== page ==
D.C. Village staff members did not follow clearly established rules when they failed to search immediately for an elderly patient who froze to death on the grounds of the nursing home early Wednesday, a Department of Human Services spokesman said yesterday.

"Basically, our conclusions are that the staff should have notified police and the facility's administrator a lot sooner," said DHS spokesman Charles Seigel, citing a preliminary investigation. He said the incident may prompt changes in procedures at the facility in far Southwest.

The body of 86-year-old Wilhelmina Franklin was found, after police were notified of her absence, at 4 a.m. Wednesday, 50 feet outside the building where she was a resident.

Franklin apparently had wandered outside the building where she lives at the city-run nursing home. "Many of the doors lock automatically," said Seigel. "Generally, all of them are locked at night, anyway."

Franklin, who was wearing only light clothing, was found lying next to her wheelchair on a night when temperatures plummeted to 25 degrees.

She was last seen by a staff member at 8:40 p.m. Tuesday. Although she was not in her room for the hourly bed checks beginning at 9 p.m., no one started looking for her until an 11 p.m. check. The staff was not worried about her absence because she usually did not go to bed until 11 p.m., according to Katherine B. Carroll, D.C. Village nursing director.

The DHS inspection and compliance office received an oral report from D.C. Village on the events surrounding Franklin's death. Once the investigation is completed, the DHS director and the D.C. public health commissioner will decide what action is warranted, Seigel said.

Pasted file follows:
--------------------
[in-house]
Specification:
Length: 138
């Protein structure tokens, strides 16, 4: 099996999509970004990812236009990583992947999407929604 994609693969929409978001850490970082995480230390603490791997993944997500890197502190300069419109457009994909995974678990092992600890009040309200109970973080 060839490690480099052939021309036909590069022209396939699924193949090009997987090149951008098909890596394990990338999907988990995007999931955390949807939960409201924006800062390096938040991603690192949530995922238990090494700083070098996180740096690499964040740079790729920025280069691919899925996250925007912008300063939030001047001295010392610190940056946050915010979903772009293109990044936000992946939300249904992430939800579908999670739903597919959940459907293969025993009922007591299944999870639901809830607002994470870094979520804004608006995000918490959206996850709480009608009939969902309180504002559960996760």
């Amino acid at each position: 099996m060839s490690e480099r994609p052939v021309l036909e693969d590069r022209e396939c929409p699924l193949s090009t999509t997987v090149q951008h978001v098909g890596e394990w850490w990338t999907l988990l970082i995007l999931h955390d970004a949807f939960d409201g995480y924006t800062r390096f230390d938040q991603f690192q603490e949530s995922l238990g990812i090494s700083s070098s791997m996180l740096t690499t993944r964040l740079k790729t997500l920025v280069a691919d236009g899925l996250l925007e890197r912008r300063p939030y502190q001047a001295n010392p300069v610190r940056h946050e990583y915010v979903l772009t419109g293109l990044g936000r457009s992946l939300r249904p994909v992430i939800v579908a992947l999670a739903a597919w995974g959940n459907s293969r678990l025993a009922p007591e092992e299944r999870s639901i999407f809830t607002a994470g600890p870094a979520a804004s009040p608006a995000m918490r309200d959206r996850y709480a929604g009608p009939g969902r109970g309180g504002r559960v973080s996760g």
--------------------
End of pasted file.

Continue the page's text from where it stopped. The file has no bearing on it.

"The administrator of the Village distributed a year ago clear procedures on how to handle something like this," said Seigel. "But it seems the rules were not followed.

"The procedure describes steps to take when someone is missing," said Seigel. "The first step is to search immediately the area where the person lives and the immediate adjacent area outside."

Seigel said one explanation from the staff "of why it took so long to find her is that when they first told security she was missing, they also told them she wouldn't be outside because she hated the cold. They made a perfunctory search of the area, which was obviously a mistake."

"We're looking into what we could do to prevent this from happening again in the future," said Seigel. "It looks like we'll make major improvement in security procedures . . . "

D.C. Village, a 530-bed facility has about 450 residents, said Seigel. It is operated under the supervision of the D.C. Commission of Public Health, which is part of DHS.

Willie M. Franklin, the victim's son, said; "It didn't take too much investigating to come up with the conclusions they got. It only took the police 20 minutes to find her. Looks like they [at D.C. Village] should be more familiar with their own place than the police."